The exhibition Pink Elephants on Parade was hold between February and March. Nick van Woert tended to explore the meaning of objects. Growing up in Reno, Nevada, Woert had surrounded by the architectures built with imitated materials, which meant a sculpture was no longer made by natural substances; instead, the material was synthesized from chemical matters. Pink Elephants on Parade presented the similar idea. The installed works were all large sculptures made from artificial materials to represent natural landscape, implying the fakeness of material use on architecture.
The materials Woert used for his works are usually various and unlimited. Additionally, most of the presented works were named as Untitled. Because Woert is interested in the meaning of word and how it connects to material, the name Untitled may refer to a particular purpose. In Pink Elephants on Parade, I was interested in the sculpture Untitled. Although Untitled shared its name with other sculptures, it contained the most materials among the displayed works. The materials contained many kinds of granular substances such as cat litter, coal slag, plaster, pulverized plastic, steel, and bronze. Other materials like base coat, joint compound, and Plexiglas were also used to support the sculpture structure. To me, Untitled was really attractive because it strongly presented Woert's opinion of the material use on modern architecture. If the materials of Untitled had not been listed, the audience might have thought it was simply made from colored sands.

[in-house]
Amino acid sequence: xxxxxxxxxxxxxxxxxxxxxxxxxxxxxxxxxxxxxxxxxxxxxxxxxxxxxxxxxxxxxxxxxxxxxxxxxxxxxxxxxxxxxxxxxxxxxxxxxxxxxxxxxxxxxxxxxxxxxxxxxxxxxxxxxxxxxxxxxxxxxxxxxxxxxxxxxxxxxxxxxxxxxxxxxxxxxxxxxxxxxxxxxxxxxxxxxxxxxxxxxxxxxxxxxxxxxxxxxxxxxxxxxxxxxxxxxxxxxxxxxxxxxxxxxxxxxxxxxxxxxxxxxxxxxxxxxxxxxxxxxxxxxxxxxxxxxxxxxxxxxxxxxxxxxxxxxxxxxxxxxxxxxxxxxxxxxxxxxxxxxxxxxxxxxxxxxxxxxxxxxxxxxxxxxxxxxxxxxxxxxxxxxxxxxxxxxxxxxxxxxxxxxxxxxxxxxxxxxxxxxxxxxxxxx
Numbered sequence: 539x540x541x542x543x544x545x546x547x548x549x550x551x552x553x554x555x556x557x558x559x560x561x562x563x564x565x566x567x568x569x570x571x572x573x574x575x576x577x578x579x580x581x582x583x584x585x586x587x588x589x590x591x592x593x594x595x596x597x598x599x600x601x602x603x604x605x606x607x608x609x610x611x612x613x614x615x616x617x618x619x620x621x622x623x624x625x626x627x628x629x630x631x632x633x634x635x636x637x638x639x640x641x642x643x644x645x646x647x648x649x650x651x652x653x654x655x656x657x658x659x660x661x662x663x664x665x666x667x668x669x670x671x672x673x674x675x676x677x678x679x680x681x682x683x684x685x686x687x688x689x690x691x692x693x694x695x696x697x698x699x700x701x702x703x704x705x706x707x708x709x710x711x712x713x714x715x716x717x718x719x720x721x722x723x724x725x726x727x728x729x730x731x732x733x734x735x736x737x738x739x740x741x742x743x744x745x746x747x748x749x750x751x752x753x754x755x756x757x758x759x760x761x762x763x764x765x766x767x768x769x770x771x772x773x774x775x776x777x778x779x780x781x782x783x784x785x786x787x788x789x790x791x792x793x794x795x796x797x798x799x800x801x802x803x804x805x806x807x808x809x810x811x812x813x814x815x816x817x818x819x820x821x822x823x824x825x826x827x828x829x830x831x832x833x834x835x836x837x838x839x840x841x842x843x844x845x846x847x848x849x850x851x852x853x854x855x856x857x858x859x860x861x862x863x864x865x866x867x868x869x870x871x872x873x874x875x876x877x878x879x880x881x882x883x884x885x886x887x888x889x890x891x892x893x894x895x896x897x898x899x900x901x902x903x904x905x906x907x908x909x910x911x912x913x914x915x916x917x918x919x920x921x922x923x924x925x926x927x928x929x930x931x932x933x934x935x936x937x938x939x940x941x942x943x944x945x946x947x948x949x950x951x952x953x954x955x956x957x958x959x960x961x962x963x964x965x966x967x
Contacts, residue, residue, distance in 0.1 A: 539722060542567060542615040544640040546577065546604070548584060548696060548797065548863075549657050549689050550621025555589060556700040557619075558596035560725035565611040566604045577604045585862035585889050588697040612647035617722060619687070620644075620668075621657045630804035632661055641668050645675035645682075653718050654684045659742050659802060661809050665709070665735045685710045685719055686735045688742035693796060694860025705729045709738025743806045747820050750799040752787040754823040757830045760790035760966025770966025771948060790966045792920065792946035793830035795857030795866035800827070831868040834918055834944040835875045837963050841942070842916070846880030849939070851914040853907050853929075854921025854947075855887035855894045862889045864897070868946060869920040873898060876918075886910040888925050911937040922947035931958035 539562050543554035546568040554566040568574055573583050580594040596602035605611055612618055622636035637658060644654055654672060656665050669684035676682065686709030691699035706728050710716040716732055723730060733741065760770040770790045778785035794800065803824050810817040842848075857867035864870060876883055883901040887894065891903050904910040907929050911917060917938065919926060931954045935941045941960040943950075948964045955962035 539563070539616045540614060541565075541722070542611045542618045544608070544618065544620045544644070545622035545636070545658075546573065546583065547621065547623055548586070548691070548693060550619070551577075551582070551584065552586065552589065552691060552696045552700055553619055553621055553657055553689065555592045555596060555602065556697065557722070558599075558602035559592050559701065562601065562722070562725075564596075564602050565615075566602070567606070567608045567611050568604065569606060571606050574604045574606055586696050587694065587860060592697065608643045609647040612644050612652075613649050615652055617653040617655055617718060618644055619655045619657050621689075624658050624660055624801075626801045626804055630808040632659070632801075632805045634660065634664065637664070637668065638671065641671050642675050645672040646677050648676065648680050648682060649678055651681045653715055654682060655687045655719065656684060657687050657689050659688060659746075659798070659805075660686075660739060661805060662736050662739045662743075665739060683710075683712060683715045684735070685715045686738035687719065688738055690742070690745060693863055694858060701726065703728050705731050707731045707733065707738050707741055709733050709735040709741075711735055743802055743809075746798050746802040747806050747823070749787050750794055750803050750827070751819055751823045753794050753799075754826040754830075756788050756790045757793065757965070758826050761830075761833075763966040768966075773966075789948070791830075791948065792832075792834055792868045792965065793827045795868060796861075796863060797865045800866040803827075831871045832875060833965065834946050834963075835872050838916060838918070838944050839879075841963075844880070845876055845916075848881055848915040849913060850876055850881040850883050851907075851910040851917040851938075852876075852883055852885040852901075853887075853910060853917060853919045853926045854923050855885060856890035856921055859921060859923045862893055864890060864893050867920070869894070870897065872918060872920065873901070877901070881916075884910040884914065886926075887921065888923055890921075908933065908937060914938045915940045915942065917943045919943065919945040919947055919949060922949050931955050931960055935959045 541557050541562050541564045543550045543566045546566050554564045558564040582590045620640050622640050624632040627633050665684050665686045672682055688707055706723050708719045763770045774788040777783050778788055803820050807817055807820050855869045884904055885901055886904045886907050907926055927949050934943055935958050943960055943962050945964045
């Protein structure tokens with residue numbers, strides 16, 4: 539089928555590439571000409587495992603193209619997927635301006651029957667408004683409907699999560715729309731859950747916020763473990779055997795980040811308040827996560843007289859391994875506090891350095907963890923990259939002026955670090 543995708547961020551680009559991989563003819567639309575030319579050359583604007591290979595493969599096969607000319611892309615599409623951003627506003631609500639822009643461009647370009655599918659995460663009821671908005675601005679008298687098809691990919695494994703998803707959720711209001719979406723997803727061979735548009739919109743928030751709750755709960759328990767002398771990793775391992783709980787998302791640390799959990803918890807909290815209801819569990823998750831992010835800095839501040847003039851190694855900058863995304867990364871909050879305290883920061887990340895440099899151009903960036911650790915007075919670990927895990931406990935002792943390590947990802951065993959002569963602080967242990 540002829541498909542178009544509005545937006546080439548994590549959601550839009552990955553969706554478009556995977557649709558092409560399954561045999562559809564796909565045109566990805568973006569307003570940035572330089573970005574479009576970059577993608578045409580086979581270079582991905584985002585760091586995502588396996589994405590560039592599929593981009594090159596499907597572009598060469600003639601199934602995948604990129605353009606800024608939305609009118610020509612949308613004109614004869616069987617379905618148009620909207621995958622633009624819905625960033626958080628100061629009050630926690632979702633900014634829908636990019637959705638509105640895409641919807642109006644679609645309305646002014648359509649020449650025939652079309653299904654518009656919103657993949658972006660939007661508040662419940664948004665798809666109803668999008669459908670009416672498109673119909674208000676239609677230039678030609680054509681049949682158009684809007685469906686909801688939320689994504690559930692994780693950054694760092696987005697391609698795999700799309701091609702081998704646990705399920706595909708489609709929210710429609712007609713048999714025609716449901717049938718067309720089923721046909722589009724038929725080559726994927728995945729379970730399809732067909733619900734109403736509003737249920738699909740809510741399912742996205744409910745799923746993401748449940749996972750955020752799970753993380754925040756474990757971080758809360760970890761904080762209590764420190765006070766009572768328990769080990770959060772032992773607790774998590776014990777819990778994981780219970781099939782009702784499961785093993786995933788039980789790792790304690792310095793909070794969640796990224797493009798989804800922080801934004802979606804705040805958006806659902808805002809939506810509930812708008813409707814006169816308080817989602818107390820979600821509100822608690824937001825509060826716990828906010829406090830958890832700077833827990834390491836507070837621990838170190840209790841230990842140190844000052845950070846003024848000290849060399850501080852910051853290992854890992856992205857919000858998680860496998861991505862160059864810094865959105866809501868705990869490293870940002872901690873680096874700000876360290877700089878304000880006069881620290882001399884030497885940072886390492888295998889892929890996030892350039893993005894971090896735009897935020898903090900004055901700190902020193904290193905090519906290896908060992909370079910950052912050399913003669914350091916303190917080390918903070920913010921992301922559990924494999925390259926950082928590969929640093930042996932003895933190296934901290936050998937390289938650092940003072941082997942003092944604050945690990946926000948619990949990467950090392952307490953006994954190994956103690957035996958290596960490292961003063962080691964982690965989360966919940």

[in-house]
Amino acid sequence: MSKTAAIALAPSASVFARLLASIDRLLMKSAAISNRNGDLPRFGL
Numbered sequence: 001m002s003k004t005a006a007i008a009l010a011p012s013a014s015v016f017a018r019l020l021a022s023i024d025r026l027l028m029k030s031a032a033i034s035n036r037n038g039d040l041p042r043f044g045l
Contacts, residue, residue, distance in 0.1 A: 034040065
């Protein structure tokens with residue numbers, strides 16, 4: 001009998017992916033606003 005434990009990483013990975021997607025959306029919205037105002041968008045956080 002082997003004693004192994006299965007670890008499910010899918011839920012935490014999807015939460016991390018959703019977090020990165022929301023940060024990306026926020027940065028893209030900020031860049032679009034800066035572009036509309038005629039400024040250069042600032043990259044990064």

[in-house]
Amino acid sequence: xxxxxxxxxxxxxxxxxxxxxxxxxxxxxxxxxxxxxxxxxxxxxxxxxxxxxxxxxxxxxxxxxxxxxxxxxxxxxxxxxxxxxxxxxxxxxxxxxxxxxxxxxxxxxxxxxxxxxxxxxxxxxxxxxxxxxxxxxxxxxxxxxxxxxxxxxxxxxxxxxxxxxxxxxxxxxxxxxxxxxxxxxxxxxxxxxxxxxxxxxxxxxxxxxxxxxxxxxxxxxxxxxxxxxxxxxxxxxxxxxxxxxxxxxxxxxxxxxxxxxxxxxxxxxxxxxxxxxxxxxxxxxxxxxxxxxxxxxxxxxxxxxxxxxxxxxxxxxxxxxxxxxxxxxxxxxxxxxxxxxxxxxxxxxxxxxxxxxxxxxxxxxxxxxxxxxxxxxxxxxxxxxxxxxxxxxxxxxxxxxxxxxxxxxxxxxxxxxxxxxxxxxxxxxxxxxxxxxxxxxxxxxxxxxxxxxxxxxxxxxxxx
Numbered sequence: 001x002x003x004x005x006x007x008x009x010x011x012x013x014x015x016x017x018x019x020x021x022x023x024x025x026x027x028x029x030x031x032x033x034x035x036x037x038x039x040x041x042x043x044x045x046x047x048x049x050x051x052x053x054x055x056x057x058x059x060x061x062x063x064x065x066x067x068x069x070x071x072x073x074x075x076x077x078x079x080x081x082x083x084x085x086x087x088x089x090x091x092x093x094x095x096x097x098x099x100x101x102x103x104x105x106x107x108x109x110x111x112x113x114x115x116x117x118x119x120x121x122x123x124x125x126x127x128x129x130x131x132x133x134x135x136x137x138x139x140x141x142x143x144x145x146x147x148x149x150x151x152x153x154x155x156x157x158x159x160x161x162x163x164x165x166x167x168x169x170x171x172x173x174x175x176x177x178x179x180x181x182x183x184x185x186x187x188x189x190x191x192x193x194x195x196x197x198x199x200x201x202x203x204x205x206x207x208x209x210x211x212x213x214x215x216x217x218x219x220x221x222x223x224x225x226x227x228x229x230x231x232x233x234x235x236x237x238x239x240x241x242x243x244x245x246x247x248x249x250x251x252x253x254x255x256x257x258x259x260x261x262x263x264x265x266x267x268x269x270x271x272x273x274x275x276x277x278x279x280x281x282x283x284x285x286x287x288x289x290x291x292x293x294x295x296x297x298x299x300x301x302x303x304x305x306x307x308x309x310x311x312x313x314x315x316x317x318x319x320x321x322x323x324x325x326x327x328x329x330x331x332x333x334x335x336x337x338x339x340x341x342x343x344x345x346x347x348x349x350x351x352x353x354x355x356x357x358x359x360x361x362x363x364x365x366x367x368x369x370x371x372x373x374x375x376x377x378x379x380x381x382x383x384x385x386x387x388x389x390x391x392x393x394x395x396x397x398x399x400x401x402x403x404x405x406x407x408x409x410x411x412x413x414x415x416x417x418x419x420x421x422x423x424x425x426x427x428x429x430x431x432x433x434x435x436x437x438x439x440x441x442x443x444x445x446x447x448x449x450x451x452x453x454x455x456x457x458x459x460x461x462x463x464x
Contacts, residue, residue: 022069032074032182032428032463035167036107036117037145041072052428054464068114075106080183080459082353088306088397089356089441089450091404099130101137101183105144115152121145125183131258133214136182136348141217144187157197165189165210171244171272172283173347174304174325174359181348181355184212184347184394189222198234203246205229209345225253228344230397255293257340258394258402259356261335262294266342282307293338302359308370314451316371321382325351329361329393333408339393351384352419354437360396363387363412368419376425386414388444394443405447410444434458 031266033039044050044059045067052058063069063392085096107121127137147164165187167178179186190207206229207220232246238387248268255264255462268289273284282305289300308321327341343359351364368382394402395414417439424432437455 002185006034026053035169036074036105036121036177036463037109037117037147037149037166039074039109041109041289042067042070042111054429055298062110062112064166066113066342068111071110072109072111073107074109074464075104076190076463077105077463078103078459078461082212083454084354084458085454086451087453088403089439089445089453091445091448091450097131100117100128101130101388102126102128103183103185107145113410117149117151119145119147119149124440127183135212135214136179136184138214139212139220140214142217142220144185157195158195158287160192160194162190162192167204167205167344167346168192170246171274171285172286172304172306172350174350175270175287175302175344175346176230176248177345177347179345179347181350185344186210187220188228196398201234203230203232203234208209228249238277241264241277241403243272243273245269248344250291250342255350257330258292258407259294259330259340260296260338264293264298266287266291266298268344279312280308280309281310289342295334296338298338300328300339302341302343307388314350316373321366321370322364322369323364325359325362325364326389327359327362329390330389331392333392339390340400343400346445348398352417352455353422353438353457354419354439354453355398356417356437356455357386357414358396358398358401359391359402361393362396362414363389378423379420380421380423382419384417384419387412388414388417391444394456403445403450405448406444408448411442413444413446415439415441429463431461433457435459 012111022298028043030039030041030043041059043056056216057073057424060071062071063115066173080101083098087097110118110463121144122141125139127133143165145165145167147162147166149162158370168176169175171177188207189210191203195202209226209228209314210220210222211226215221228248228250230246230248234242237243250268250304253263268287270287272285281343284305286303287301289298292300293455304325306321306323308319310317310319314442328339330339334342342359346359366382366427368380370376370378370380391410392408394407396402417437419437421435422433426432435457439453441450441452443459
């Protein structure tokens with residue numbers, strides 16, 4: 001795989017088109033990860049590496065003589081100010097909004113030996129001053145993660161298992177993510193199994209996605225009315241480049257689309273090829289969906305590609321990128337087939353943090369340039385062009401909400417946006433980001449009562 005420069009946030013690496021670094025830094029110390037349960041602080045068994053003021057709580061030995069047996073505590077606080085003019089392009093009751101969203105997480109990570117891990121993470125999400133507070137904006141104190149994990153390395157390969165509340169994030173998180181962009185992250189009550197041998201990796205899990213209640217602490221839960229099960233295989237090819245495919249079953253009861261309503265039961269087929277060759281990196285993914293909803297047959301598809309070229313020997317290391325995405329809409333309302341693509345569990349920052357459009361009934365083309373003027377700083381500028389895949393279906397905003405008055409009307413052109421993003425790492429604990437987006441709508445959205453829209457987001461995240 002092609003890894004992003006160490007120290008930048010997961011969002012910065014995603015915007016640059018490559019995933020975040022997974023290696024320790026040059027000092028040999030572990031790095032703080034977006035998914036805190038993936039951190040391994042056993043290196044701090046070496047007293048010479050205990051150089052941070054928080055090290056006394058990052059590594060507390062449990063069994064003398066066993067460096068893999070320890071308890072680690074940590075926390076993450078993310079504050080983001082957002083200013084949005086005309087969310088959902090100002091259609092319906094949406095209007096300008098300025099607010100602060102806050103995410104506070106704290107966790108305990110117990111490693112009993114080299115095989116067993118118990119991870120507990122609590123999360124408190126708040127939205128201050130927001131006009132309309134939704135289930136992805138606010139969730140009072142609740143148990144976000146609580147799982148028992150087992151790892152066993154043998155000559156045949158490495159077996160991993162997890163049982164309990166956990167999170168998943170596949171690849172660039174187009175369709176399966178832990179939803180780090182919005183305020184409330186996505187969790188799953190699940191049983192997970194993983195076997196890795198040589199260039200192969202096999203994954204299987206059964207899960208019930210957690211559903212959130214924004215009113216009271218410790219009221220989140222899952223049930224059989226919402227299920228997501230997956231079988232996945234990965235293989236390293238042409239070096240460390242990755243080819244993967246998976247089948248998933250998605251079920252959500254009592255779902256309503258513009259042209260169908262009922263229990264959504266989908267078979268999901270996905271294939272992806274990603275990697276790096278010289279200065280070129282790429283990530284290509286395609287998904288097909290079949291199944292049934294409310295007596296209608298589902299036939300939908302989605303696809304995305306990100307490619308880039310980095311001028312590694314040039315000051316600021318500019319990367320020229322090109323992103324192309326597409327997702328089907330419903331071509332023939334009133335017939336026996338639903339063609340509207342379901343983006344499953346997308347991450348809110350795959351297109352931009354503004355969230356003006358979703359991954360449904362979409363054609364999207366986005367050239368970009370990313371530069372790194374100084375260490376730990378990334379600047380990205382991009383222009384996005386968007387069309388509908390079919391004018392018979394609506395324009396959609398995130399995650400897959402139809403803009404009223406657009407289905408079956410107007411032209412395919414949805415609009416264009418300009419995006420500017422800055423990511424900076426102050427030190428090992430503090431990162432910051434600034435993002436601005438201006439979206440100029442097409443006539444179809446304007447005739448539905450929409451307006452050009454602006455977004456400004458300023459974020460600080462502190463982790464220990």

By using the title Pink Elephants on Parade from the Disney movie Dumbo, I think Woert tended to emphasize the illusion of modern architecture. In the scene of Pink Elephants on Parade, Dumbo sees a series of illusion after being accidentally drunk. Similarly, Woert's exhibition reveled the imitation of architectural material, replacing the substances from natural sources with various chemicals.